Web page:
Researchers have developed an interactive dustbin that can be installed in hospitals and medical centres dealing with the COVID-19 pandemic for contactless waste collection and disposal, leading to a safer environment for frontline workers.
The dustbin, called Ally, follows voice commands and moves on the predefined paths autonomously inside a controlled environment, said the researchers from Lovely Professional University (LPU) in Punjab.
The three-feet-tall and 1.5-feet-wide smart container performs contact-less collection by opening its flap automatically, they said.
The researchers explained that a sensory system checks the current status, or level of the dustbin, and initiates the disposal procedure once it is filled up to a predefined threshold.
Ally can move to the disposal centre autonomously, dispose the waste and get ready on its own for reuse, according to the researchers.
"In the current situation, a smart dustbin can play a crucial role in collecting waste and leftovers, especially from sensitive areas like quarantined rooms, where appointing a human worker for waste collection and disposal may expose them to infection," Lovi Raj Gupta, Executive Dean of Science and Technology, LPU told PTI.
"Ally can be easily summoned using a voice command. For example, if the medical staff wants some garbage to be collected, they just need to say, ''Ally, come to bed number 18''," Gupta explained.
He noted that the dustbin responds immediately to the voice command and moves to the respective place using its indoor mapping algorithm.
The researchers have used Raspberry Pi -- a credit-card sized small computer -- and Atmega 2560, a low-power microcontroller in the dustbin.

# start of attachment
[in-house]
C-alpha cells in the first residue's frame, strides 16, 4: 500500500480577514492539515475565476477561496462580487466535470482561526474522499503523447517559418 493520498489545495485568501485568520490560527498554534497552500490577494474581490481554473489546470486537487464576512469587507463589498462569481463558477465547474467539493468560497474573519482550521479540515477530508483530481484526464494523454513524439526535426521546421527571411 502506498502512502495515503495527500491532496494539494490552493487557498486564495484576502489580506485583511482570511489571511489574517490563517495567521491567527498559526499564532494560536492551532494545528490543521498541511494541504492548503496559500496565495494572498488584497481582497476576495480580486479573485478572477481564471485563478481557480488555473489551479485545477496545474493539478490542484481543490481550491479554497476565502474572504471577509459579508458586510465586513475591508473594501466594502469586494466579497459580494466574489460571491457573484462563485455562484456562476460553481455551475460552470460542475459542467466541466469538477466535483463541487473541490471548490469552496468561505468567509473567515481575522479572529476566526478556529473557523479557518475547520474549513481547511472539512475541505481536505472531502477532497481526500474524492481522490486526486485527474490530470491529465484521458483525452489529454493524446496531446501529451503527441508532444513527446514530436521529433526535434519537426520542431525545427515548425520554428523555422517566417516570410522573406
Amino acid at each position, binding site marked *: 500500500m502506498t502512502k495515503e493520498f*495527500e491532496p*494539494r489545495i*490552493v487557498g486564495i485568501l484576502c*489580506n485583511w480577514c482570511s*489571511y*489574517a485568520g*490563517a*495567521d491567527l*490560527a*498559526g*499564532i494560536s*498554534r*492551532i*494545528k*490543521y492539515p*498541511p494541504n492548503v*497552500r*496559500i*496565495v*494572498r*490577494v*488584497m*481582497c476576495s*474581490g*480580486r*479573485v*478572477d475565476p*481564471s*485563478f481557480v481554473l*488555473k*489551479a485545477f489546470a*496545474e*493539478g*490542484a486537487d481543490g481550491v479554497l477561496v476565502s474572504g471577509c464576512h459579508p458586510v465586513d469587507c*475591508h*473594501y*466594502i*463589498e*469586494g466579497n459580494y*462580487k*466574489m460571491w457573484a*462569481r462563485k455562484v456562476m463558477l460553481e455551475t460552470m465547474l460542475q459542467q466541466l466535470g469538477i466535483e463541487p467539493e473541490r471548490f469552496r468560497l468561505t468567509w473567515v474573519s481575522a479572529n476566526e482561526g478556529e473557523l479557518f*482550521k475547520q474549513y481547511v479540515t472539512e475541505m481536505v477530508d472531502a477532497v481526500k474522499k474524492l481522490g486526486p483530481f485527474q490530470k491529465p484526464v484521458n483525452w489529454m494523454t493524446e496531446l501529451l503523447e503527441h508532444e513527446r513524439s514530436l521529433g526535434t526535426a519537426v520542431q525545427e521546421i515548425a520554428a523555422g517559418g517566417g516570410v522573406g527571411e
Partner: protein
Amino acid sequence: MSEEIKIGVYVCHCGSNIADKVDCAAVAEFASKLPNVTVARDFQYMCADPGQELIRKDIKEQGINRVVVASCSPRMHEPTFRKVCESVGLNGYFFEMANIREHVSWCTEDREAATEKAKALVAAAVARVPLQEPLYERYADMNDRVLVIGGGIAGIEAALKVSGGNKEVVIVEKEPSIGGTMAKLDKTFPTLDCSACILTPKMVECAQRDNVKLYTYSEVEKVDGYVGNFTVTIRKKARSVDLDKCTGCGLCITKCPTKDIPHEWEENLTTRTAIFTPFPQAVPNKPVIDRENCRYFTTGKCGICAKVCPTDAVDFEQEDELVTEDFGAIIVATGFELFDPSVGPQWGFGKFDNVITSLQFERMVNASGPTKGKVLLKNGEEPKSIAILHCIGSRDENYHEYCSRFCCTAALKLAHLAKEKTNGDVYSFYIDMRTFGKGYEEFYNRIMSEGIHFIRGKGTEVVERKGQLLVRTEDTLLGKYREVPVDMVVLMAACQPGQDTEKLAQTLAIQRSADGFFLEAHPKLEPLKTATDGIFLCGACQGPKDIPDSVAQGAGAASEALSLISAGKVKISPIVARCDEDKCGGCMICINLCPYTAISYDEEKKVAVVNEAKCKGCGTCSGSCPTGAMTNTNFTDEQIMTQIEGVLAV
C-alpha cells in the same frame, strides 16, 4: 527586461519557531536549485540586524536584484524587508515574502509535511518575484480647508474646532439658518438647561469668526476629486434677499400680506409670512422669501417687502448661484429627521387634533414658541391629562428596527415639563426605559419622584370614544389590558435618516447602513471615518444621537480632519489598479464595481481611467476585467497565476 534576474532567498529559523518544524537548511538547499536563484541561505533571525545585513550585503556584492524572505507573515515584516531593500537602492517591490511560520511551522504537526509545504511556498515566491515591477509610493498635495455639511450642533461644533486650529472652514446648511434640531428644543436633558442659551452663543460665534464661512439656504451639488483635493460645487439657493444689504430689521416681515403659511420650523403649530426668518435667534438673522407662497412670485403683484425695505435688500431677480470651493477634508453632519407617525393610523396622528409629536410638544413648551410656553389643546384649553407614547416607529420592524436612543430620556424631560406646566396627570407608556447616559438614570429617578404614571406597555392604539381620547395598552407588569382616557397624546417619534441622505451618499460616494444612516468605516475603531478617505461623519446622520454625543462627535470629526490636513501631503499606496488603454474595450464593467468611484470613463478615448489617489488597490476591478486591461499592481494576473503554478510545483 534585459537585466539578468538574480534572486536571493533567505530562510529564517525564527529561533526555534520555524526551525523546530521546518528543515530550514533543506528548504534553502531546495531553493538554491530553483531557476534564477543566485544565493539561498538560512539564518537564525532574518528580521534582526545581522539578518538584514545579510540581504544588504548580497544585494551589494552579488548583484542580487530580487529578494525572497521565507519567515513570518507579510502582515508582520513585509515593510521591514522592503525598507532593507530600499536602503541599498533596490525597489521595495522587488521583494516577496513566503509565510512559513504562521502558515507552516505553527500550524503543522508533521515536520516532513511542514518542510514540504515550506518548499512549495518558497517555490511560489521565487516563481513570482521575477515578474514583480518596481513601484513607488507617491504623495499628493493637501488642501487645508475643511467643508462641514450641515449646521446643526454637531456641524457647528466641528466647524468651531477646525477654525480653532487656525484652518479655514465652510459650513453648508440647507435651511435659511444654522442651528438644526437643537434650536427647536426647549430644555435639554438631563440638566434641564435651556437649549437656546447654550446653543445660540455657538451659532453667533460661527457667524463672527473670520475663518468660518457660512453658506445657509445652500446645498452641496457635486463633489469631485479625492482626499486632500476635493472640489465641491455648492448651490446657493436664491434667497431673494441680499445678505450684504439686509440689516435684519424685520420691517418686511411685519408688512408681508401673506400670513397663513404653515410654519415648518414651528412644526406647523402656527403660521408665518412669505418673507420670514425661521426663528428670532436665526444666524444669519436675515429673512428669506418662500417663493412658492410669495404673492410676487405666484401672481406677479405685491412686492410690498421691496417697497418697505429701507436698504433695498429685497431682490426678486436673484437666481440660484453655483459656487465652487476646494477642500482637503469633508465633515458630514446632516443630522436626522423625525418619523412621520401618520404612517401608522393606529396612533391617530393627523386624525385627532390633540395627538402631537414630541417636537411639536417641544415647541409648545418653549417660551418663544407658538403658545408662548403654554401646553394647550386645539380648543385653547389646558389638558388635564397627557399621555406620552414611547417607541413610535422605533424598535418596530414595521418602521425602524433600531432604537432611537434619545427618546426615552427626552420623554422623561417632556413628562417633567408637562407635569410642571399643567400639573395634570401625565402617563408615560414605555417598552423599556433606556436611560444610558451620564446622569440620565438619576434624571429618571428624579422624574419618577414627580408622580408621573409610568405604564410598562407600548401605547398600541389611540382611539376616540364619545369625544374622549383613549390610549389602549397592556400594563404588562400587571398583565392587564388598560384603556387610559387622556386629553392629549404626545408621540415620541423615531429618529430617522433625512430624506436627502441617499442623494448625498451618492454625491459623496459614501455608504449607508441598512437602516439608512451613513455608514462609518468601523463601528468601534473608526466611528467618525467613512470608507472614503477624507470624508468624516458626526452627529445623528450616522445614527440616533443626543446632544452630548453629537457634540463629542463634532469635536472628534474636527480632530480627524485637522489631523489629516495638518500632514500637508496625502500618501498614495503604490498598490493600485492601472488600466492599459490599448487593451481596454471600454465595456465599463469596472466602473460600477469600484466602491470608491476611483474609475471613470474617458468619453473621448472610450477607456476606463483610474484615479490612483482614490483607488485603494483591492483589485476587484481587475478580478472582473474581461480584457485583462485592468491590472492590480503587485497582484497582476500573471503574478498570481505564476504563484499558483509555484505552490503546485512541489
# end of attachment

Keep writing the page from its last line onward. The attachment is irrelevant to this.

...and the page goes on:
After performing the collection of garbage, the dustbin returns to the predefined home position on it own.
The World Health Organisation (WHO) recommends that best practices for safely managing health care waste should be followed, including assigning responsibility and sufficient human and material resources to dispose of such waste safely.
However, there is no evidence that direct, unprotected human contact during the handling of health care waste has resulted in the transmission of the COVID-19 virus, WHO said.
Ally has been conceptualised and developed under the aegis of the USD one million fund set up by LPU to help combat the outbreak of COVID-19, the researchers said.
The research team, including B. Tech. third-year students Prabin Kumar Das, Vanka Vinaya Kumar, and KM Vaishnavi Gupta, along with Professors Rajesh Singh and Anita Gehlot, said their prototype has successfully conducted its trials within the university.
The prototype costs Rs. 20,000, but the team is now looking for industrial partners for its commercialisation and expects the price to drop by almost 25 percent.
The final product is expected to be ready for deployment within two months of time, after getting industrial partners, they said.